South Korean flees to the warm North

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The Independent Online
IT DOESN'T take much imagination to see why people would flee the food shortages, political oppression and grinding Communist austerity of North Korea to seek asylum in South Korea. But why would anyone be inspired to defect in the opposite direction?

Every year a steady trickle of defectors manage to make their way to South Korea, where the government puts them on show to the world as another small trophy in the inter-Korean propaganda war. They routinely tell stories of reduced rice rations and the almost total lack of meat in North Korea, of bleak ideological loyalty campaigns and harsh punishments for anyone who puts a foot over the party line.

This year the number of defectors has been increasing, with over 100 lumberjacks from North Korean logging camps in the Russian Far East seeking asylum in Seoul. The Russian government this week chided Seoul for trying to extract too much propaganda from the phenomenon of the defecting North Korean loggers.

But now North Korea has produced a defector of its own - a man who claims to have fled the cruel capitalist system of South Korea for the warm and caring society of the Great Leader Kim Il Sung's workers' paradise. The state-run Korean Central News Agency (KCNA) carried an interview yesterday with Kim Jae Su, who was described as a former manager of a fisheries company in South Korea before he defected through a third country to the North.

Mr Kim said he and his family had defected because he hated 'US imperialist aggressors and the South Korean rulers courting their favour. When I was six years old, GI's stormed into my house and violated my mother. Later, my mother suffered from insomnia and left home. Her whereabouts are still unknown.'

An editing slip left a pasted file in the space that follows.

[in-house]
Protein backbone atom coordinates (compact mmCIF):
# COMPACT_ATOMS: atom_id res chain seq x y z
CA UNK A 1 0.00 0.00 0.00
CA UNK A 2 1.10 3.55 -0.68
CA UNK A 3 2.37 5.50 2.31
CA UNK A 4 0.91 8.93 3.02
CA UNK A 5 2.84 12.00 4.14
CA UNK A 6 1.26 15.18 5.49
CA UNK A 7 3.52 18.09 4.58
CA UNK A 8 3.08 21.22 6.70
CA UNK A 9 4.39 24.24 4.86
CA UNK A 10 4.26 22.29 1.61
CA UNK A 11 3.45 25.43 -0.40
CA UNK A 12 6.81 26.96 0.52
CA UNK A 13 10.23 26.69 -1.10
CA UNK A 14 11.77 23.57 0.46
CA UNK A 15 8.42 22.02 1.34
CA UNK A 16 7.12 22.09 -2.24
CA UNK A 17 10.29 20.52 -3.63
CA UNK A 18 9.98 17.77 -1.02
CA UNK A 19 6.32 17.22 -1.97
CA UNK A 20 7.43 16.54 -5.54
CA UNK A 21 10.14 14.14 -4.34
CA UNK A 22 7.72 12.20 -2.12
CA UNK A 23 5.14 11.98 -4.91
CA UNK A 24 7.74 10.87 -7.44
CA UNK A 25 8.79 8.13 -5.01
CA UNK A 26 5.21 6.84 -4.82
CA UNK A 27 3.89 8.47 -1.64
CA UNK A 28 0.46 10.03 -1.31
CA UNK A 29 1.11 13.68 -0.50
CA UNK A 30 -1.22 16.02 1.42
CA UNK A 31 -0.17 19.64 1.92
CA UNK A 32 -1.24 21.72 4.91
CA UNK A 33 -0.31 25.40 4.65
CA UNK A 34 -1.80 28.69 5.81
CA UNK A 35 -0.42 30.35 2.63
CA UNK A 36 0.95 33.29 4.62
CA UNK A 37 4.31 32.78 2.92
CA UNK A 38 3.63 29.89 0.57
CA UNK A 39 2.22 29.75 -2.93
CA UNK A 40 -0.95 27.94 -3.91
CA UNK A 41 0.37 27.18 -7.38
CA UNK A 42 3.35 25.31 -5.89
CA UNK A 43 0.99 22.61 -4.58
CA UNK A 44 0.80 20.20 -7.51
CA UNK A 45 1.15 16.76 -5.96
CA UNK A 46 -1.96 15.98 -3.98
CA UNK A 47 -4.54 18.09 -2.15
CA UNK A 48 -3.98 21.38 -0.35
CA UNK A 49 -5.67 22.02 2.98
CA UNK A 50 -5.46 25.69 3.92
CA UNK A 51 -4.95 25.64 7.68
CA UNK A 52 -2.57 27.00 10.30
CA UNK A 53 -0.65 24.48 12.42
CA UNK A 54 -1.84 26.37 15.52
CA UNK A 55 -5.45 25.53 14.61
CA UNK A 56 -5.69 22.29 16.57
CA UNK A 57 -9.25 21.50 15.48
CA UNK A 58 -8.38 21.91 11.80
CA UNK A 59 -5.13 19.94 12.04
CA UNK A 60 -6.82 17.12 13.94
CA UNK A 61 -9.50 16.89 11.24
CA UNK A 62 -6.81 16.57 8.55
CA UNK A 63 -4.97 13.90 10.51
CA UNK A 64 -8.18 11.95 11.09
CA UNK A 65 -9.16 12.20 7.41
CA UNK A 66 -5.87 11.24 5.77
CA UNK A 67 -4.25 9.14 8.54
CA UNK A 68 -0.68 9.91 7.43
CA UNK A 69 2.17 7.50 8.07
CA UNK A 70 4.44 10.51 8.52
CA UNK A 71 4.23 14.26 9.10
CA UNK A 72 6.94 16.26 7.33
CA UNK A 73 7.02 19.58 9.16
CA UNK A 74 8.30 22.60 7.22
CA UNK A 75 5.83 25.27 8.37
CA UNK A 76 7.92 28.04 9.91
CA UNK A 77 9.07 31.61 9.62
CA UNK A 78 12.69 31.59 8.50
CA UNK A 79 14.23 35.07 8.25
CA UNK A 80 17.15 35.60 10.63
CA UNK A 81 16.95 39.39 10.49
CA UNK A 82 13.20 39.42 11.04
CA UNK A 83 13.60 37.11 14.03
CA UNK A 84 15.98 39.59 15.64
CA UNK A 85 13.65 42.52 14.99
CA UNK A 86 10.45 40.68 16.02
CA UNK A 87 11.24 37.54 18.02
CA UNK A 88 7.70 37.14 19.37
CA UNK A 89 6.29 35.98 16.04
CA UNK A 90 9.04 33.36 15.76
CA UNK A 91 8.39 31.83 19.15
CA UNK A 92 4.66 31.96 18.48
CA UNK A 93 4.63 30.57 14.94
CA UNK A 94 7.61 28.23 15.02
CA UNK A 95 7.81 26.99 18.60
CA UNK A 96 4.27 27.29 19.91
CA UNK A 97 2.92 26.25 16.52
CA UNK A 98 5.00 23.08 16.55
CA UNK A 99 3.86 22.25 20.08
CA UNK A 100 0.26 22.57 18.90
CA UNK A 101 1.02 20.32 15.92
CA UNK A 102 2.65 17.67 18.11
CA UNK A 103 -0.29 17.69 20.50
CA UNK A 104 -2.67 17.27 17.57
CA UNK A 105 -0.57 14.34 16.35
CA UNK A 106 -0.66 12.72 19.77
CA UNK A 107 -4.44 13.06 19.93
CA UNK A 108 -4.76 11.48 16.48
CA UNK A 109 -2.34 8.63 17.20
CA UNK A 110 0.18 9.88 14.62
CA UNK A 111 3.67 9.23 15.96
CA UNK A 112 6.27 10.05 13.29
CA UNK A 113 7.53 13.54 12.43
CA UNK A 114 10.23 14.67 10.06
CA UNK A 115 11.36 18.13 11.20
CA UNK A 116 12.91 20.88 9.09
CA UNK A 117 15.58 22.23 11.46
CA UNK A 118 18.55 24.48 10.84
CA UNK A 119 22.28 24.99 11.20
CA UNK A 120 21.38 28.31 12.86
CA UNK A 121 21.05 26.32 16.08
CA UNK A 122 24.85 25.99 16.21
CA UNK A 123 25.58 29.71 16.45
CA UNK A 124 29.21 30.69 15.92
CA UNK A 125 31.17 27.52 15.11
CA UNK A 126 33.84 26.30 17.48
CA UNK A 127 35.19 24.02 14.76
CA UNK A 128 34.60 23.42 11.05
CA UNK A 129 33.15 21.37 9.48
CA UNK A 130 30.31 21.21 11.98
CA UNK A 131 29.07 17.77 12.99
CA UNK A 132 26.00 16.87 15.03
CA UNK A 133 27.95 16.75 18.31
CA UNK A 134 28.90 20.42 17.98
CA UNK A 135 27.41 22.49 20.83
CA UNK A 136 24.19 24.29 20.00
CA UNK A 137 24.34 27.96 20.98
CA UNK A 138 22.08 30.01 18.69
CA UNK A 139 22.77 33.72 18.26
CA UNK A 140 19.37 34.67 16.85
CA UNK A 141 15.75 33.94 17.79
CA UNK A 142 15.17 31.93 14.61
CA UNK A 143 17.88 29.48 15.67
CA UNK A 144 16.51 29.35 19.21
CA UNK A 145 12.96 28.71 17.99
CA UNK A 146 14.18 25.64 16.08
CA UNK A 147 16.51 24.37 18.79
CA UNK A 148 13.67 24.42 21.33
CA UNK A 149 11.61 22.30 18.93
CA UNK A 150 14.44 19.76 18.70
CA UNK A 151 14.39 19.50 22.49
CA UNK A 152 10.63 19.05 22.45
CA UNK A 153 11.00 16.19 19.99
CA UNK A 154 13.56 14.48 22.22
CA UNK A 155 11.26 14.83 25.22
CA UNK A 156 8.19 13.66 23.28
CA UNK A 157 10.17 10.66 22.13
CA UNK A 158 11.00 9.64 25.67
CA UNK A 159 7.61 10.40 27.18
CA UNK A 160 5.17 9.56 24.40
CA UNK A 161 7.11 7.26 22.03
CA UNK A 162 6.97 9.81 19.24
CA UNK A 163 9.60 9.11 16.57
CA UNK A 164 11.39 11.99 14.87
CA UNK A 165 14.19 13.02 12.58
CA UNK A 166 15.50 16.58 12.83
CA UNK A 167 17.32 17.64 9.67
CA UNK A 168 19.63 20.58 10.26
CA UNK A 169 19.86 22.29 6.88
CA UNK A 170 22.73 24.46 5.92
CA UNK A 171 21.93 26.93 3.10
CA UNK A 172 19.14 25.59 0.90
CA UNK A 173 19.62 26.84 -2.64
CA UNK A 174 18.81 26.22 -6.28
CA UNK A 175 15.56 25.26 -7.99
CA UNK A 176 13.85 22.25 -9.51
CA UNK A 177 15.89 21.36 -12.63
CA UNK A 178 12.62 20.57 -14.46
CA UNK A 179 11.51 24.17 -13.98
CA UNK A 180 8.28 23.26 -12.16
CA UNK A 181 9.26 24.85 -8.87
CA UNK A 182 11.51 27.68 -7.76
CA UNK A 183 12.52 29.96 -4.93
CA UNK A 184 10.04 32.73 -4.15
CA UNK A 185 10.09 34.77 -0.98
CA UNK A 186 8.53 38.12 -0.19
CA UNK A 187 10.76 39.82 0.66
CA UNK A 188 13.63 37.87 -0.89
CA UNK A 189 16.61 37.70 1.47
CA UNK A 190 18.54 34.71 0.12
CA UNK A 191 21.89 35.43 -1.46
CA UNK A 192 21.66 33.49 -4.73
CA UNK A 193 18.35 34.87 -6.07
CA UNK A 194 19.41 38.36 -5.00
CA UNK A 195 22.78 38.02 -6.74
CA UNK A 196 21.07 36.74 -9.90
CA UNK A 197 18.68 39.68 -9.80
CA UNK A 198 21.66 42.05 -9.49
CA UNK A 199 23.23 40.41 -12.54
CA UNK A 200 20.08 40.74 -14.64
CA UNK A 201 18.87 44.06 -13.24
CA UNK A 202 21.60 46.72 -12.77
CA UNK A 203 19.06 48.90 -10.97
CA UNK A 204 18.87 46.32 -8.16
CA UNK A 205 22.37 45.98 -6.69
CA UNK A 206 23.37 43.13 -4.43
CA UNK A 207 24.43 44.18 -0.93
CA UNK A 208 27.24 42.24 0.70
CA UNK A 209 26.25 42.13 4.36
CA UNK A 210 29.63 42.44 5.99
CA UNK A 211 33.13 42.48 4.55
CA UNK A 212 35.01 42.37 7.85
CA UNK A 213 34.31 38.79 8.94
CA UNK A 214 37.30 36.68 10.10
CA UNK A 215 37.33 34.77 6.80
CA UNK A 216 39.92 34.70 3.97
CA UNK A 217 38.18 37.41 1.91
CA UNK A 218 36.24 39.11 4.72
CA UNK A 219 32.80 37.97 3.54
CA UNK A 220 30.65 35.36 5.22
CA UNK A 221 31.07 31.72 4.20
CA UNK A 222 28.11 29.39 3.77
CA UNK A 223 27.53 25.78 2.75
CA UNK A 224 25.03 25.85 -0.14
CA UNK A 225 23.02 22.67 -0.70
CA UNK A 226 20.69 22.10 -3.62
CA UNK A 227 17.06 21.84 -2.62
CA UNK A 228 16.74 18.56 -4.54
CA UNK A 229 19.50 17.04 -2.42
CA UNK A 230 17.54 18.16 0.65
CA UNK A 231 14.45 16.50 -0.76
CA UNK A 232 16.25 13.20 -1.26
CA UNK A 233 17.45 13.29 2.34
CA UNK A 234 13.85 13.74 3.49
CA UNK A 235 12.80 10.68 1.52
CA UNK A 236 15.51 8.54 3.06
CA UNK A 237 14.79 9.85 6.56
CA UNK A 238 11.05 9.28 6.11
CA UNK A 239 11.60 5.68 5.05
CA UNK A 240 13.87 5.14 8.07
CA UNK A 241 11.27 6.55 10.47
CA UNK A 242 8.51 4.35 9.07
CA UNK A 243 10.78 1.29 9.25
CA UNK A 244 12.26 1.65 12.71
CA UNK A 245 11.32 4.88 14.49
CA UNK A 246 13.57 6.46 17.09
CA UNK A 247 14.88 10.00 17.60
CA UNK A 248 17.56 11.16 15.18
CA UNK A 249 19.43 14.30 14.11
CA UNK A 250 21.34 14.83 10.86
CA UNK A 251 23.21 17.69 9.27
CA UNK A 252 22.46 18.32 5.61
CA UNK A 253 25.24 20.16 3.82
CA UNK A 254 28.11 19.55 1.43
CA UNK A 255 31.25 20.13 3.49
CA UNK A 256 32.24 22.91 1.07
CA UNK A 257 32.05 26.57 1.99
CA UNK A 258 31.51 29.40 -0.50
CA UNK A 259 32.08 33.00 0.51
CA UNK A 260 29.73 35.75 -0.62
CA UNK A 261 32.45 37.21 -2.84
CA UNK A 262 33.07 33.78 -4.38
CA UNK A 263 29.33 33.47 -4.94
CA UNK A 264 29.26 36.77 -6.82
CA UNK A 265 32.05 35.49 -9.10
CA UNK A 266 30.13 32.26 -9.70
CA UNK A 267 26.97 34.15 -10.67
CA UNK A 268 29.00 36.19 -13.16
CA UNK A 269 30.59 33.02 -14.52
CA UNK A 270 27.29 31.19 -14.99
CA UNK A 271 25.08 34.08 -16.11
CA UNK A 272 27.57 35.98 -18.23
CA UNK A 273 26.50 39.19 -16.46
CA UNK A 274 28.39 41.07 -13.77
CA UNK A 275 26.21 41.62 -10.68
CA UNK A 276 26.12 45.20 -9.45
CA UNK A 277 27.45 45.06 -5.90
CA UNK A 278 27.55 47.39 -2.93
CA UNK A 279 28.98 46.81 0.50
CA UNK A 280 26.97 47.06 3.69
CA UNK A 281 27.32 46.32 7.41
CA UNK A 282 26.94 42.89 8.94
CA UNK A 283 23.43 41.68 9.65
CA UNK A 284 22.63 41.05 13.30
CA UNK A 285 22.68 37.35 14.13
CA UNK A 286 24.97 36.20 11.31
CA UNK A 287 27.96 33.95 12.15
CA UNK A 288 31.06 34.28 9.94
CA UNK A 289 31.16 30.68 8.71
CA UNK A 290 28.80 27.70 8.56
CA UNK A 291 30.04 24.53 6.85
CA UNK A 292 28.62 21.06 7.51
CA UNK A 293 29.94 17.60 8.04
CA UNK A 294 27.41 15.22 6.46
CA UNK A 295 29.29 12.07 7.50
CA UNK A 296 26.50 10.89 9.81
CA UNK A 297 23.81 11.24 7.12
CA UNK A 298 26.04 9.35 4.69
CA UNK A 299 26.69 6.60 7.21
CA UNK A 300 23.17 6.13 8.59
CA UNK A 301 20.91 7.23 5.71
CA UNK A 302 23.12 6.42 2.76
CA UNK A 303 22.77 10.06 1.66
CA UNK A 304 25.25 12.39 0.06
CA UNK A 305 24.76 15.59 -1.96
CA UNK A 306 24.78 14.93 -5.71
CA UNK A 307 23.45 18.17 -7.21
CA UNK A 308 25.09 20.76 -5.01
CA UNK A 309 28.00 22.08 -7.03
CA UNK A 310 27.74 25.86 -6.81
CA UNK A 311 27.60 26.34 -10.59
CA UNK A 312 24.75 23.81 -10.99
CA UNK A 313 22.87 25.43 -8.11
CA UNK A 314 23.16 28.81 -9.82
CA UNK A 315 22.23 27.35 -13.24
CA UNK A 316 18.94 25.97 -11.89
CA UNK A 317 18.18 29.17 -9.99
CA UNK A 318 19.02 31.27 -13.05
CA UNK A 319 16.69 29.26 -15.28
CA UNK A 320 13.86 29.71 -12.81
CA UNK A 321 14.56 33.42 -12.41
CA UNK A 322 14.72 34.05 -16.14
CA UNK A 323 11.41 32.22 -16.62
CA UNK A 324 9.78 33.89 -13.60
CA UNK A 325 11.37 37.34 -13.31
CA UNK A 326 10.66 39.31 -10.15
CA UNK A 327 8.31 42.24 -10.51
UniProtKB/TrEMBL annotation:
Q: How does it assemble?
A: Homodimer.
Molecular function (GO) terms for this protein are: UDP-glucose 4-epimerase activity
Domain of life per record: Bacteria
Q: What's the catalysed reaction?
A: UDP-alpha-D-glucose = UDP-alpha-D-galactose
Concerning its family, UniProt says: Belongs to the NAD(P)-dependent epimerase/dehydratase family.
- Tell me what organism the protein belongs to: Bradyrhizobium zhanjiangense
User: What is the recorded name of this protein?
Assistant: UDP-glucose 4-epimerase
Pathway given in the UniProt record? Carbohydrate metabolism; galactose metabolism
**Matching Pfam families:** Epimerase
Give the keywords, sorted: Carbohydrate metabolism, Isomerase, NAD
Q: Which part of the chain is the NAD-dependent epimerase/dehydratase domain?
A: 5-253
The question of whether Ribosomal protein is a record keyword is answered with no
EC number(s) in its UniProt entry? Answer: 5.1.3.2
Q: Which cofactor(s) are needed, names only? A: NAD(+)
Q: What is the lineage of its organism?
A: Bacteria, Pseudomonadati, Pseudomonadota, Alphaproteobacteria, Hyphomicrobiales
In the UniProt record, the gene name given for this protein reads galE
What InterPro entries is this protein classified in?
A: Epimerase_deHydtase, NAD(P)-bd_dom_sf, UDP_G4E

He said he had been planning his escape to North Korea for some time before he finally 'came over to the embrace of the great President Kim Il Sung and the Dear Leader Kim Jong Il'. Mr Kim's wife, Moon Jong Ja, told KCNA that 'everything was wonderful in the North'. Commenting on the education system, she said she felt like giving birth to 10 children because their schooling would be free. In the South, she claimed, 'one must have US dollars 50,000 ( pounds 34,000) to get a child through school and up to high school'.

While preening itself over the defection of Mr Kim, Pyongyang has also offered its own version of the fate of the disappearing lumberjacks in Siberia. The camps hold 20,000 - some North Koreans - who cut timber under contract with Russia.

This year more than 100 loggers have applied to the South Korean consulate in Vladivostok for asylum. But according to North Korea's Ministry of Forestry, the loggers are not defecting but being kidnapped by South Korea. 'If (the South) persists in its operation to kidnap our dignified workers by misrepresenting facts, in defiance of our reasonable warning, they will drink a bitter cup,' it said.

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